Wireless Channel Selection with Restless Bandits
Wireless devices are often able to communicate on several alternative channels; for example, cellular phones may use several frequency bands and are equipped with base-station communication capability together with WiFi and Bluetooth communication. Automatic decision support systems in such devices need to decide which channels to use at any given time so as to maximize the long-run average throughput. A good decision policy needs to take into account that, due to cost, energy, technical, or performance constraints, the state of a channel is only sensed when it is selected for transmission. Therefore, the greedy strategy of always exploiting those channels assumed to yield the currently highest transmission rate is not necessarily optimal with respect to long-run average throughput. Rather, it may be favourable to give some priority to the exploration of channels of uncertain quality.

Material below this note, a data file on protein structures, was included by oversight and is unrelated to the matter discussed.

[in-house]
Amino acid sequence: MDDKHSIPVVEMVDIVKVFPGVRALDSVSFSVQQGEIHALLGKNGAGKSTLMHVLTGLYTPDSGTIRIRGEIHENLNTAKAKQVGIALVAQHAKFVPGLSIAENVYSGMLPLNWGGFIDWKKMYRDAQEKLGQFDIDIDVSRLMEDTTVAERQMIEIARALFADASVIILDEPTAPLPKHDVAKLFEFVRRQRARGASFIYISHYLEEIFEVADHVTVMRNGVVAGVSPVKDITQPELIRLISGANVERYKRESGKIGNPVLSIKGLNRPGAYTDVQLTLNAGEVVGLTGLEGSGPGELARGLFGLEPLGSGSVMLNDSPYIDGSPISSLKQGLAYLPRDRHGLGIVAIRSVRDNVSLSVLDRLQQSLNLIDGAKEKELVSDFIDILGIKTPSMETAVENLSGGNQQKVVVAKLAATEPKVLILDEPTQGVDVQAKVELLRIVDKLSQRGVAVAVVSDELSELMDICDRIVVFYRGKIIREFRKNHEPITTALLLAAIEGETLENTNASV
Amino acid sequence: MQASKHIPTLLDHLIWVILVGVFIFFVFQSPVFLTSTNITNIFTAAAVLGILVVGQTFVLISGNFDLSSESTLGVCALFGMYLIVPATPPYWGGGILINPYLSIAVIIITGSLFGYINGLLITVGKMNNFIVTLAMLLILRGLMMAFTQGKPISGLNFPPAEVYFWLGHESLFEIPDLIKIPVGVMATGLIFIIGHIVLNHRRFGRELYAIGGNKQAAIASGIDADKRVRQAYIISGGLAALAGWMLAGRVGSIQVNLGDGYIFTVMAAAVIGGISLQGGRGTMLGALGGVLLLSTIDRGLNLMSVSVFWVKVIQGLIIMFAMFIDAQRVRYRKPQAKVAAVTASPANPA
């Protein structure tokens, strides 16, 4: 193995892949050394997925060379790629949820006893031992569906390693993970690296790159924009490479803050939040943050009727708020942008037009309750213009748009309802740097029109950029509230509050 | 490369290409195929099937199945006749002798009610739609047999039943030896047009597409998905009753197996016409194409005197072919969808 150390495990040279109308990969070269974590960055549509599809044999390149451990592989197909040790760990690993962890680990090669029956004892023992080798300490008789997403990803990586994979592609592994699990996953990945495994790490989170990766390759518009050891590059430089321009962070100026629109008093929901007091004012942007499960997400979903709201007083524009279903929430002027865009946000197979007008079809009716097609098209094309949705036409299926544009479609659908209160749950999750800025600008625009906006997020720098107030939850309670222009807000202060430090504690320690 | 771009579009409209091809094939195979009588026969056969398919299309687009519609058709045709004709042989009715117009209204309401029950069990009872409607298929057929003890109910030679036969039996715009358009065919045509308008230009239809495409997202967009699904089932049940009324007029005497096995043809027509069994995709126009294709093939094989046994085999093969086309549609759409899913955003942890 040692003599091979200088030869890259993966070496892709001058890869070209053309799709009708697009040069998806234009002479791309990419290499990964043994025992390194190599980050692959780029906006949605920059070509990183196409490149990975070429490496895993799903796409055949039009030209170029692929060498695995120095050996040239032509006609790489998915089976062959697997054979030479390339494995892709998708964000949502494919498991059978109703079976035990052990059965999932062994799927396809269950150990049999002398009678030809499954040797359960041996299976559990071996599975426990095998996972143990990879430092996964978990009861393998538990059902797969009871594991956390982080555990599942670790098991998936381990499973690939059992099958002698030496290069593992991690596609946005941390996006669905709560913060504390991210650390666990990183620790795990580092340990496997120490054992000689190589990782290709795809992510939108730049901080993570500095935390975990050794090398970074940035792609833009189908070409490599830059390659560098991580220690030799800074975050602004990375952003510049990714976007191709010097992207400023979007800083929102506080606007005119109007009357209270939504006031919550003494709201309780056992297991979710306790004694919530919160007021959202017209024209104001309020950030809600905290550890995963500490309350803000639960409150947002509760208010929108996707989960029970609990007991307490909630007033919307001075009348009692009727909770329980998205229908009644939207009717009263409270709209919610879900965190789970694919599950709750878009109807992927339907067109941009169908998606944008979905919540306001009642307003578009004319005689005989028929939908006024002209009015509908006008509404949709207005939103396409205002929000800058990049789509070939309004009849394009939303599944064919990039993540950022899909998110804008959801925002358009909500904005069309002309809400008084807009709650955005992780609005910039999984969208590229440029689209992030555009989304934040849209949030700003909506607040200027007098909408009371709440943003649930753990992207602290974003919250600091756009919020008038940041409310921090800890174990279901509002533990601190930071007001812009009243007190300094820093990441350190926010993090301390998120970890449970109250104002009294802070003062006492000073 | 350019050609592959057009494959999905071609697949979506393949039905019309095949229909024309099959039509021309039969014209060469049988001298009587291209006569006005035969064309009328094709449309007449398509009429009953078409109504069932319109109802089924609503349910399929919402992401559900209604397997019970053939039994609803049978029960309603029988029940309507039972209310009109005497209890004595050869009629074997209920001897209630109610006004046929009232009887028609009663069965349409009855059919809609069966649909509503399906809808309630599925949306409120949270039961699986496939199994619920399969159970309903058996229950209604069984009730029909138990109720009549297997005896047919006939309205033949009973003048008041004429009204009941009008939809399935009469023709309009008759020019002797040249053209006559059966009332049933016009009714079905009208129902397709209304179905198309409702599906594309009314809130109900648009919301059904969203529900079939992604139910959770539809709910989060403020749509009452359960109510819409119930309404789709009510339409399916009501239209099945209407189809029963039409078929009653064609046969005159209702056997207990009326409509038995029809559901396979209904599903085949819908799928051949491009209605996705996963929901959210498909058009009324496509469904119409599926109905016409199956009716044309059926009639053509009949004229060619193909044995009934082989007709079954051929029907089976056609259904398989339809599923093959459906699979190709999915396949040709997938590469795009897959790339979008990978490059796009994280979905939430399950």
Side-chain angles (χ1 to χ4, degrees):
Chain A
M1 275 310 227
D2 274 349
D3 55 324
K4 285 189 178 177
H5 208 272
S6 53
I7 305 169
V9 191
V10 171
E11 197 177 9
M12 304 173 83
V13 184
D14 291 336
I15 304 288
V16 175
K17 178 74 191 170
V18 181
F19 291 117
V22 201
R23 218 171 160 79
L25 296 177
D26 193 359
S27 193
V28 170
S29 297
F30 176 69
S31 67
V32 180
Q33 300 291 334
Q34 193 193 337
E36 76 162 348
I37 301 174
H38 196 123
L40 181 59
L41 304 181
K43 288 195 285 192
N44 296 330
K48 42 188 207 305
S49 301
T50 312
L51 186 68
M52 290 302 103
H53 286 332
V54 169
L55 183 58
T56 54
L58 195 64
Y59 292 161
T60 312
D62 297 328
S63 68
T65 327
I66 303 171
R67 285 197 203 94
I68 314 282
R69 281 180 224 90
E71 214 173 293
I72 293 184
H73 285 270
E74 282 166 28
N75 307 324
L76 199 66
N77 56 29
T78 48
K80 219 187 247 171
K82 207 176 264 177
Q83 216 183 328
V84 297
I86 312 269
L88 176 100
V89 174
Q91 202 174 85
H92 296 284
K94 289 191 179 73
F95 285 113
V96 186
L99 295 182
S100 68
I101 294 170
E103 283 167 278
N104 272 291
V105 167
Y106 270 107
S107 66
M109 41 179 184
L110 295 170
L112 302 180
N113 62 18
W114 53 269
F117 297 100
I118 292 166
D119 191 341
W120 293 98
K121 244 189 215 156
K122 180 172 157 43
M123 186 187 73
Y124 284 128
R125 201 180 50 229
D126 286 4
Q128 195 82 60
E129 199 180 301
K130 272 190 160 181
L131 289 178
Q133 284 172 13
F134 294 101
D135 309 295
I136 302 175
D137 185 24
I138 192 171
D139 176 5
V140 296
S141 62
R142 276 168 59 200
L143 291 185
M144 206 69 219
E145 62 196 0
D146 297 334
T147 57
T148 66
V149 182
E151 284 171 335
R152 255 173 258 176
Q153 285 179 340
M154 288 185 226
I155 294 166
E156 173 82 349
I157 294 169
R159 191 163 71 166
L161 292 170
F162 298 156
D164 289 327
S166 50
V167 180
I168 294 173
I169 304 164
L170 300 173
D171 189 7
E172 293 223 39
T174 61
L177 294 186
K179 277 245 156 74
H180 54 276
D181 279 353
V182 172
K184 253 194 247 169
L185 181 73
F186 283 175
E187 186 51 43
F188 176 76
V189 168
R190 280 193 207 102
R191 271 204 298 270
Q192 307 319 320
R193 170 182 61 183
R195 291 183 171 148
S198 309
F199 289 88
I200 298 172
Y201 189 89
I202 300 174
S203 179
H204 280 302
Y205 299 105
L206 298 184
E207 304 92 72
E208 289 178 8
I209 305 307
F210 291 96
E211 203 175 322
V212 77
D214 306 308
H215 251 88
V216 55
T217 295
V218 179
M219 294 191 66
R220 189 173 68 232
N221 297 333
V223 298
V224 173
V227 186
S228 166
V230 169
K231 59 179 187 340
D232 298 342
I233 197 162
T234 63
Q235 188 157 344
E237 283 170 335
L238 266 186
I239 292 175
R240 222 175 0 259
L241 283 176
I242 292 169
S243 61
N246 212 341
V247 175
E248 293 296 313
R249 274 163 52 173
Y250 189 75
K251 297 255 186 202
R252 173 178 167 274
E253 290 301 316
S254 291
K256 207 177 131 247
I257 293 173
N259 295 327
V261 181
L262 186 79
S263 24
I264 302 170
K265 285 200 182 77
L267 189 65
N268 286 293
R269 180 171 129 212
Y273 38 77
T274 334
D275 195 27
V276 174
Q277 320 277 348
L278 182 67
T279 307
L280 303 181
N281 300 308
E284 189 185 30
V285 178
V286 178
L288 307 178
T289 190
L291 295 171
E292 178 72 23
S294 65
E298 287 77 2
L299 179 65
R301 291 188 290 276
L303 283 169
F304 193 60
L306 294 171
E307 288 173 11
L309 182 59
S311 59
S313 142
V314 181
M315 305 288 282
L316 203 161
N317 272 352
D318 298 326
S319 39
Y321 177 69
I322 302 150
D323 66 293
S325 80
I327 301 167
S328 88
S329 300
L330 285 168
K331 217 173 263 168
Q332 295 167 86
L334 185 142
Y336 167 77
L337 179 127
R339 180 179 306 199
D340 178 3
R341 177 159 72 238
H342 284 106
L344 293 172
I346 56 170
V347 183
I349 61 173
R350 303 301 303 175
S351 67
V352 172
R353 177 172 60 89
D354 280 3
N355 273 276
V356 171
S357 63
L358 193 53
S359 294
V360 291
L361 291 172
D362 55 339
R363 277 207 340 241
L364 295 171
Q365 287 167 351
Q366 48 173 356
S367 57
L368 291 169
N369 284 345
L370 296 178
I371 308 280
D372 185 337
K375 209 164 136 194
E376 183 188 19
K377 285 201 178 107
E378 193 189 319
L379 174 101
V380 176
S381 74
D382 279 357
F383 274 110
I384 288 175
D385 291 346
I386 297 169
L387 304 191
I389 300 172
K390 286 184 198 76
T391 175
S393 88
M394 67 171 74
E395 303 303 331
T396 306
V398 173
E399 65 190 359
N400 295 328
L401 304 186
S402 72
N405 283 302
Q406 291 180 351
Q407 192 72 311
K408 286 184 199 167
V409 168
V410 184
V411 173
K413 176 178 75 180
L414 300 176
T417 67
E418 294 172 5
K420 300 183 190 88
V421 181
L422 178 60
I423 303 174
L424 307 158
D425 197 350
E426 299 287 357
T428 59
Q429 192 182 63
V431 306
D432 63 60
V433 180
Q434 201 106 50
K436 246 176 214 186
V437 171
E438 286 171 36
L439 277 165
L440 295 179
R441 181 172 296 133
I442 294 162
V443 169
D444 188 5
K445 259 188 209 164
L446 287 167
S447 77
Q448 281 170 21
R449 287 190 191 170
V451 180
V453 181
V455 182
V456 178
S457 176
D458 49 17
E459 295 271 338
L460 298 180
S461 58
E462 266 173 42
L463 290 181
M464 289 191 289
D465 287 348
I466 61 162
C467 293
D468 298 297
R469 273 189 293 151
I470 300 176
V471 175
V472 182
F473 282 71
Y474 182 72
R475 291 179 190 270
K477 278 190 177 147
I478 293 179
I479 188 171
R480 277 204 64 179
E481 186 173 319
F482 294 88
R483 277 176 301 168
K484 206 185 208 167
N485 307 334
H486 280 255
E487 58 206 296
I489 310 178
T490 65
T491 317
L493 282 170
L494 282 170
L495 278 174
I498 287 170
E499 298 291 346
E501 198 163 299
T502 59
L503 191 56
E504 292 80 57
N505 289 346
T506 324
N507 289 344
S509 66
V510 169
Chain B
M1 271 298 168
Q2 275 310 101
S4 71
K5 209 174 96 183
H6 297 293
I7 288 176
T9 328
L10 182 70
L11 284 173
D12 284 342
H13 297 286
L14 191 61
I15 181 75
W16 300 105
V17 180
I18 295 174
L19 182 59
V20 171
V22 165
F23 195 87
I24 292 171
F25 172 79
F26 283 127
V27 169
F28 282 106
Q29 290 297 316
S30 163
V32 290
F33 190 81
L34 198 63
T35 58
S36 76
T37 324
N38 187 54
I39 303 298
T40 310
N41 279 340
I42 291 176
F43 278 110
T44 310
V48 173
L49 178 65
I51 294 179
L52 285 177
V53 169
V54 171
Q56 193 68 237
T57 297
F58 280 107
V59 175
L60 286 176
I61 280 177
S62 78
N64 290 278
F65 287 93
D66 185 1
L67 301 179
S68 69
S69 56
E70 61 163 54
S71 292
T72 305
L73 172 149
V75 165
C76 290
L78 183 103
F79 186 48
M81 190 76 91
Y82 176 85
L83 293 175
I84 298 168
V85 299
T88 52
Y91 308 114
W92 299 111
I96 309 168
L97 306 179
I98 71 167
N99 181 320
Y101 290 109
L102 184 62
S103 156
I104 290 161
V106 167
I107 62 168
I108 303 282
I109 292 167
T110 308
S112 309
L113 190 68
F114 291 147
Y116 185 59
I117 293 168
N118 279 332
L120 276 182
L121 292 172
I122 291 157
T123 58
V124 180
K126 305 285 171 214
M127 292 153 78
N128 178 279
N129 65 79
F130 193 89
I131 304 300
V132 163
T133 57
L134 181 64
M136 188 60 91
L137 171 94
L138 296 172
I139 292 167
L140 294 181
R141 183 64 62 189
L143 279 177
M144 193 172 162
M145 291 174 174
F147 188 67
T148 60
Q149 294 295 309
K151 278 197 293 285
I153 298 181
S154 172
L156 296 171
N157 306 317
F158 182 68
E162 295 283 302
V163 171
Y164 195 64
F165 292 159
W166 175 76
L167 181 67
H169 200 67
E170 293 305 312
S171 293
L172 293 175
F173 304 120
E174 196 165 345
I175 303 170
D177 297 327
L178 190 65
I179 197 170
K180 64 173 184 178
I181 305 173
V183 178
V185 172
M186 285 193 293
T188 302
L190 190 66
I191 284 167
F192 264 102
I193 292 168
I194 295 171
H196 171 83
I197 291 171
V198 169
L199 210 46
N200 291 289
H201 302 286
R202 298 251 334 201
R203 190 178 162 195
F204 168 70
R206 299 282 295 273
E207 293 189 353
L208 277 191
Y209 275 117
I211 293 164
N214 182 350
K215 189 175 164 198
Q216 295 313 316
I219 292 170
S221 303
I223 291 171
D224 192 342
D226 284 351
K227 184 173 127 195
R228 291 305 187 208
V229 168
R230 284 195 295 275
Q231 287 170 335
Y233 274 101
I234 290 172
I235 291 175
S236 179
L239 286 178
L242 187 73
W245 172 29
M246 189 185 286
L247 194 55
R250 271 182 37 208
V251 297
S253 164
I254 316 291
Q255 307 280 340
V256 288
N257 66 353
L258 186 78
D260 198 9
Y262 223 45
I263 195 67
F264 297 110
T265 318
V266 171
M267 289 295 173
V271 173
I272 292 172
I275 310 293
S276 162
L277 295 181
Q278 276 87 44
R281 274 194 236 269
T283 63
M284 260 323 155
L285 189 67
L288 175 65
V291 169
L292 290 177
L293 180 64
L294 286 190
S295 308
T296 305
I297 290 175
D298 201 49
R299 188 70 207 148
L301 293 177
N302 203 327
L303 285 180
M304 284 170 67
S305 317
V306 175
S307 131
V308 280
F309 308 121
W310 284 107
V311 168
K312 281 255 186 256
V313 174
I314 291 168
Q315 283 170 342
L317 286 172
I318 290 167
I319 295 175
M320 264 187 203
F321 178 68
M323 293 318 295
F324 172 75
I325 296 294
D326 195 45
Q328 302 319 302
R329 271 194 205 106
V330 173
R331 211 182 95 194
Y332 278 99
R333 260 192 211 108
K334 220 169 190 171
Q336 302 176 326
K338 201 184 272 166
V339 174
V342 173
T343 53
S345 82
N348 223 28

In this chapter we model such on-line control problems as a special type of Restless Multi-Armed Bandit (RMAB) problem in a partially observable Markov decision process framework. We refer to such models as Reward-Observing Restless Multi-Armed Bandit (RORMAB) problems. These types of optimal control problems were previously considered in the literature in the context of: (i) the Gilbert-Elliot (GE) channels (where channels are modelled as a two state Markov chain), and (ii) Gaussian autoregressive (AR) channels of order 1. A virtue of this chapter is that we unify the presentation of both types of models under the umbrella of our newly defined RORMAB. Further, since RORMAB is a special type of RMAB we also present an account of RMAB problems together with a pedagogical development of the Whittle index which provides an approximately optimal control method. Numerical examples are provided.
YN is supported by Australian Research Council (ARC) grants DP130100156 and DE130100291. JK is supported by DP130100156. The authors are indebted to Aapeli Vuorinen for his contribution to the numerical computations. We also thank the anonymous referee, Michel Mandjes and Thomas Taimre for their comments.
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